WHO has classified addiction into two main categories. They include substance abuse (drugs, alcohol) and the other being Behavioural addiction ( smart phone addiction). The wide prevalence of media addiction causes various symptoms

Some symptoms of smart phone addiction
1. Selfitis- taking more than 20 selfies per day
2. Phantom Vibration syndrome- a person feels the vibration even when the phone isn’t vibrating
3. Narcissism- decreased output at work due to insomnia and overuse of digital media
4. FOMO- Fear Of Missing Out (happens due to low self esteem)
5. FAD, IAD- Facebook, Insta Addiction Disorder
6. SMD- Social Media Addiction
7. Nomophobia (fear of losing one’s mobile)
8. Unnatural craving and compulsion (to answer or view immediately)
9. Depressive and manic symptoms
10. Suicidal tendencies
11. Real time relationship issues
12. Porn addiction (83% among youngsters)

Having any of the above symptoms means that humankind is into this trap of addiction. It takes a toll on mental health, nibbles at time, steals real time relationships and lures one away from the Lord.

There is certainly no quick fix solution to this problem. Abstinence isn’t feasible. Our fellowships, our relationships , our education, our bank accounts, our lives itself revolve around this device. We need to wield the authority that God has given over this device and use it for the glory of God.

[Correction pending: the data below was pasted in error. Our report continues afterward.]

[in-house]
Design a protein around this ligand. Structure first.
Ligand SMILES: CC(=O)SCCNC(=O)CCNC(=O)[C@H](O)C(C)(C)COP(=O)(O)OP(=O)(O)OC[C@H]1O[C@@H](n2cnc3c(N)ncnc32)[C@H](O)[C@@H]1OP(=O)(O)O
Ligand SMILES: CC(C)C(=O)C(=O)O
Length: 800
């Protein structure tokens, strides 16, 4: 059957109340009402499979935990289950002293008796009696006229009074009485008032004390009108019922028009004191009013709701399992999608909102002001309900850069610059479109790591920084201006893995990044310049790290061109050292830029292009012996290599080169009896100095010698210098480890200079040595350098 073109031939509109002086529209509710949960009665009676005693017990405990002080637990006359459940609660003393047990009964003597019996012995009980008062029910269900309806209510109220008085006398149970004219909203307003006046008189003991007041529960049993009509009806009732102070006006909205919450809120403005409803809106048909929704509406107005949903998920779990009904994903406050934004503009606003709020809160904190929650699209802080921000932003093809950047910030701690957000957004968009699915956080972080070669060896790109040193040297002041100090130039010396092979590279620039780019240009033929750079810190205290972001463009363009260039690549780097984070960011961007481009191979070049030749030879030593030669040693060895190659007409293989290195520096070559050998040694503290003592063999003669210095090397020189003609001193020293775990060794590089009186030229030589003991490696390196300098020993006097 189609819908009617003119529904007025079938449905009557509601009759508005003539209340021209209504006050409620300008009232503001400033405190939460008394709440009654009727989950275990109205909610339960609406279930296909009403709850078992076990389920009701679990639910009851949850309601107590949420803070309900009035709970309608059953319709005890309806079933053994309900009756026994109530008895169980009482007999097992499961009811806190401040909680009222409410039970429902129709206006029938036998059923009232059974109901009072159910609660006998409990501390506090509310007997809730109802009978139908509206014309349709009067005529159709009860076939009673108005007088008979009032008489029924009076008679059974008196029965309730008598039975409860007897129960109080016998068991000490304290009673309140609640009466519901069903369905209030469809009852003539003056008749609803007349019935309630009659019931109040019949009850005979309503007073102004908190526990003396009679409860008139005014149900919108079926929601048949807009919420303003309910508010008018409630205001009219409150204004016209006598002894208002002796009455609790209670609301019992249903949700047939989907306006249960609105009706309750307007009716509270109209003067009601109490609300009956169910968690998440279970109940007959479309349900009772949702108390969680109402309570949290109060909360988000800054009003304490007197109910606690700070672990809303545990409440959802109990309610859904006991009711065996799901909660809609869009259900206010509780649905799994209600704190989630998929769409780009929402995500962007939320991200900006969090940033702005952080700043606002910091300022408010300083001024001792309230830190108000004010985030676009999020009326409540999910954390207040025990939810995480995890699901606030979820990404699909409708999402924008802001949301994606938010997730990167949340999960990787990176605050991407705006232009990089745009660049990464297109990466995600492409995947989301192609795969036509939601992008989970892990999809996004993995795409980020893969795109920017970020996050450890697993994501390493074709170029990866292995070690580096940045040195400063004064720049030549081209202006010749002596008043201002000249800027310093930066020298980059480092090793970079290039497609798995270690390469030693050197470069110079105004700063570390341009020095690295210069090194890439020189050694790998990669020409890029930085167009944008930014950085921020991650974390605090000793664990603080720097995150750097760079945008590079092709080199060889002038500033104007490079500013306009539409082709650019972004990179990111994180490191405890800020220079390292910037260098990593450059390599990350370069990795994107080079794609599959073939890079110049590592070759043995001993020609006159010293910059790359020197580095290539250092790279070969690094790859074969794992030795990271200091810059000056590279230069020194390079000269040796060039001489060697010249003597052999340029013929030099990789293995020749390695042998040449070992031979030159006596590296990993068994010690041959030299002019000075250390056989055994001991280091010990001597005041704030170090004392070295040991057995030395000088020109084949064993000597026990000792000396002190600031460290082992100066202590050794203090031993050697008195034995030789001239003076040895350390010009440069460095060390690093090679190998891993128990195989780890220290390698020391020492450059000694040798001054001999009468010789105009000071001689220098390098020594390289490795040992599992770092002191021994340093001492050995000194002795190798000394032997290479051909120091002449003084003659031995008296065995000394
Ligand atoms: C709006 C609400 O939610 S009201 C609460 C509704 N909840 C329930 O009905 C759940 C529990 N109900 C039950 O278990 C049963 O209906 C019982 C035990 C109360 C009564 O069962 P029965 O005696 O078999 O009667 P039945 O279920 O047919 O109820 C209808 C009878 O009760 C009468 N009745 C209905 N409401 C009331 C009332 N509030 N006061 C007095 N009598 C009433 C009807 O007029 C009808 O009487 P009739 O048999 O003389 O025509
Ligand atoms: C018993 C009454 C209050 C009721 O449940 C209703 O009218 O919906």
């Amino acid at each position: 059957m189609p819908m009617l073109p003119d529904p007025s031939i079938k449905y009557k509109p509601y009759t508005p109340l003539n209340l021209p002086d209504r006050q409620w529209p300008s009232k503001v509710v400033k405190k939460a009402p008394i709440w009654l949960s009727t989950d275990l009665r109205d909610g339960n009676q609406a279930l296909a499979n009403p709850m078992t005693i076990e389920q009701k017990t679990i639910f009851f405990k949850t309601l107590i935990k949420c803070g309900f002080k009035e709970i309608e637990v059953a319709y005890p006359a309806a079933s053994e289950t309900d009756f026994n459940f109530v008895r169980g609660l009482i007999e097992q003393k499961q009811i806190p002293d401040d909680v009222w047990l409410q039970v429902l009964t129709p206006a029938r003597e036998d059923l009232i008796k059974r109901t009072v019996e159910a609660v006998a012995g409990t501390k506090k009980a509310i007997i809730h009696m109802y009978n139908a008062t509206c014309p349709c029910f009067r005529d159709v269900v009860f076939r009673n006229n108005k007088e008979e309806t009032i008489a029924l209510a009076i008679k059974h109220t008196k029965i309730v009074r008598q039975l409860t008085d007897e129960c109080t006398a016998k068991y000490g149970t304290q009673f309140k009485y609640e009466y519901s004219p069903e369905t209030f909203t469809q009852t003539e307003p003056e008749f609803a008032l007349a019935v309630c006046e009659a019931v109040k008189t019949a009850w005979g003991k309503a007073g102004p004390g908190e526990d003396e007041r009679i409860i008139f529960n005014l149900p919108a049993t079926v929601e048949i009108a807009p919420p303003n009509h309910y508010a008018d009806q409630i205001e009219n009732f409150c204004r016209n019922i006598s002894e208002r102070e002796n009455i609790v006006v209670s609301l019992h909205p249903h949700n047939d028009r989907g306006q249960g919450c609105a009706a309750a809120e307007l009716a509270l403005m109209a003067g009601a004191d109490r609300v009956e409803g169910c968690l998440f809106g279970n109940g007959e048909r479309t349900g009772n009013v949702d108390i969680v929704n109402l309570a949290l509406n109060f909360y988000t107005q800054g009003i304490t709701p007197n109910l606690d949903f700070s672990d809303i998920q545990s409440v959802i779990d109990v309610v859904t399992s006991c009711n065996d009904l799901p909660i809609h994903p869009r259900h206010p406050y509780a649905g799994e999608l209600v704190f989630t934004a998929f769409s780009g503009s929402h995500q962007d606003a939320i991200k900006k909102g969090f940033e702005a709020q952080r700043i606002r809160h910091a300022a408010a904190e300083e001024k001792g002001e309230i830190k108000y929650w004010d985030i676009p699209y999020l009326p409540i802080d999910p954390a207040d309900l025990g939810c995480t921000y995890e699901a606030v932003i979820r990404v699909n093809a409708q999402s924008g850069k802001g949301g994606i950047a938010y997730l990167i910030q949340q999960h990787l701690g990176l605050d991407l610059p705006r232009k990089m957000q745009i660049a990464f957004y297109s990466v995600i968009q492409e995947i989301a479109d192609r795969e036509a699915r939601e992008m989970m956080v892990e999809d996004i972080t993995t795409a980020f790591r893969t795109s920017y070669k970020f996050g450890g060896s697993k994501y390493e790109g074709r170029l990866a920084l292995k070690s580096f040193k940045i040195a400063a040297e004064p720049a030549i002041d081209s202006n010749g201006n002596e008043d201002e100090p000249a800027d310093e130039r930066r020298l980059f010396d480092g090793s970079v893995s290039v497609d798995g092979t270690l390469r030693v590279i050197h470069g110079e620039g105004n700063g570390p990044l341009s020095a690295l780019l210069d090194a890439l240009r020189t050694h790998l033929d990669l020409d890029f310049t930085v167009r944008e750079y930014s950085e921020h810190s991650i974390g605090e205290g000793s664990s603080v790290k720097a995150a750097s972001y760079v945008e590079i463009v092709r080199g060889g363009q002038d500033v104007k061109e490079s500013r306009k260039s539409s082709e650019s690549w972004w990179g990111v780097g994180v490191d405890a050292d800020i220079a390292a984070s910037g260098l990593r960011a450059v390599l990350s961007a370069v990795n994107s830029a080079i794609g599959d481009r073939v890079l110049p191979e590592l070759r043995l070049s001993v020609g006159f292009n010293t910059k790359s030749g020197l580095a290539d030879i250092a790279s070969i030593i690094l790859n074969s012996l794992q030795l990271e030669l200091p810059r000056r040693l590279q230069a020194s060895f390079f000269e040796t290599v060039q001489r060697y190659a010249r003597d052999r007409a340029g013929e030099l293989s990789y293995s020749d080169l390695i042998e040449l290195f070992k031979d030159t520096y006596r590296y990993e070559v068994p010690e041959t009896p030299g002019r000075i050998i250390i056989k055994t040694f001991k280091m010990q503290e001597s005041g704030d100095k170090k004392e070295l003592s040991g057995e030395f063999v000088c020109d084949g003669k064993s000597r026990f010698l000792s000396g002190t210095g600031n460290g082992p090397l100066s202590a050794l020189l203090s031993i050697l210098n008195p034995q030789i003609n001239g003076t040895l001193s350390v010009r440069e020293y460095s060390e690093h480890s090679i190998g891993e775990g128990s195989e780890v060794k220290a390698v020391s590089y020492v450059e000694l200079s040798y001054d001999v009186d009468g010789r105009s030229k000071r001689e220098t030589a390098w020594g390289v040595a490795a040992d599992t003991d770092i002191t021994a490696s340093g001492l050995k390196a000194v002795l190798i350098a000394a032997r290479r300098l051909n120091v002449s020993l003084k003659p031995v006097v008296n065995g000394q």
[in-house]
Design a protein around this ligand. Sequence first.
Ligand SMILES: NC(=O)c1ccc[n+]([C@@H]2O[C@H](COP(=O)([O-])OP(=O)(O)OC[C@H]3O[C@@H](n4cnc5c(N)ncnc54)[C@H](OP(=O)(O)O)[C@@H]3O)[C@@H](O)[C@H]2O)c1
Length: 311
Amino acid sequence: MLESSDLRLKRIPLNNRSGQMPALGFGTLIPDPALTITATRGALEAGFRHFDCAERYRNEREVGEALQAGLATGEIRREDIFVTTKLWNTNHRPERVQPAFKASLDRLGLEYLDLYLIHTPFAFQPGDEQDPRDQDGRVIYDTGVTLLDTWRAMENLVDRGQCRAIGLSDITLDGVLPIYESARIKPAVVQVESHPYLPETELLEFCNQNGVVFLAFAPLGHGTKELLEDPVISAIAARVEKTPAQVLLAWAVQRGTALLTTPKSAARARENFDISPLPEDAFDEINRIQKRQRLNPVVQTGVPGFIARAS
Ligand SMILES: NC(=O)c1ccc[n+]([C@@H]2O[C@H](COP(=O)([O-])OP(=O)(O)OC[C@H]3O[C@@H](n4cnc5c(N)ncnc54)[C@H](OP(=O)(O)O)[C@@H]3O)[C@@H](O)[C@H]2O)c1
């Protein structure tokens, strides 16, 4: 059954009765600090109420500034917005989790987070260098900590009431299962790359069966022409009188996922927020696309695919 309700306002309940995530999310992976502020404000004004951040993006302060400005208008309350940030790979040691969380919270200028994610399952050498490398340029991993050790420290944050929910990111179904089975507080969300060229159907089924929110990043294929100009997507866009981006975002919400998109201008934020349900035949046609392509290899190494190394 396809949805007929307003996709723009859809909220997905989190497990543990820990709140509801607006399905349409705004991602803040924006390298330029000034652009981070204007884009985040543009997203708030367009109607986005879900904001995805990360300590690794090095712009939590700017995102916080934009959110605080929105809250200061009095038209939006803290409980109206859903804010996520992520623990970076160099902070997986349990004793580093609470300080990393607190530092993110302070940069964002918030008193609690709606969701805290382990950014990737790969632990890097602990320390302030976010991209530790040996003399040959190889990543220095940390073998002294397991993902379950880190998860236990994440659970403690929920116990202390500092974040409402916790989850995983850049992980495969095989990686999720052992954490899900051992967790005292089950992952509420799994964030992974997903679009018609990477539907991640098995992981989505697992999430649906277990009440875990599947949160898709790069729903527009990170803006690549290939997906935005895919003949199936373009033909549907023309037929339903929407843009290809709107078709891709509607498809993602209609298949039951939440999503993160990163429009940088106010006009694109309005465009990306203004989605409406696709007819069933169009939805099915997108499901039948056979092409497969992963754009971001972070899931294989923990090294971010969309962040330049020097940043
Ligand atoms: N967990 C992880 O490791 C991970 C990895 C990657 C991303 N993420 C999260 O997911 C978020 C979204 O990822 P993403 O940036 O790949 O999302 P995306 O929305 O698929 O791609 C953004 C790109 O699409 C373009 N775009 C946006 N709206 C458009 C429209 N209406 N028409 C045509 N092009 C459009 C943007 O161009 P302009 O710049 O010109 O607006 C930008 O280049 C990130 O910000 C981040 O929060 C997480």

Steps on monitoring your online lifestyle as a disciple of Christ
1. Match your online life with your offline beliefs
2. Use trusted web training sites (OnguardOnline.gov; staysafeonline.org ; safefamilies.org
3. Use authorised web filters – high security packages
4. Have accountability partners
5. Take resolutions on online time management
6. Cultivate digital hygiene (time on viewing )
7. Flee from temptation (2 Tim2:2)
8. Read and practice God’s word (2 Tim 3:16,17)
9. Make a covenant with your eyes (Job 31:1)
10. If you have sinned, pray and bounce back on walking with God (Ps:51:1,2,5,7,9)
11. Discipline yourself in the area of using this device ( Eph 5:15-17)
12. If you feel that you are struggling with addiction, share your struggle with a mentor or a small fellowship group
13. Practice digital sabbath (do not use device one day in a week)
14. Fear the Lord and shun evil (Prov. 8:13)
15. Walk differenty from the gentiles (Eph. 4: 17-24)
16. Surf good websites for educational purposes
17. Read good informative E-books, magazines

Excessive use of gadgets brings spiritual ADD (Attention Deficit Disorder) distracting us from Christ and the fellowship. It is imporatant to examine ourselves every minute in the light of His word and use our God given gadgets for His glory alone. As believers we need to be actively engaged in cyberspace and not retreat from it. We need more cyber ambassadors for the Lord in this decaying cyber world of ours.


Dan Andrew, “Taming the media monster” Cincinette, St Anthony Messenger Press 2003 .

Daniel Lorrmann, “Visual Integrity”, Authentic Media, Secunderabad, AP 2008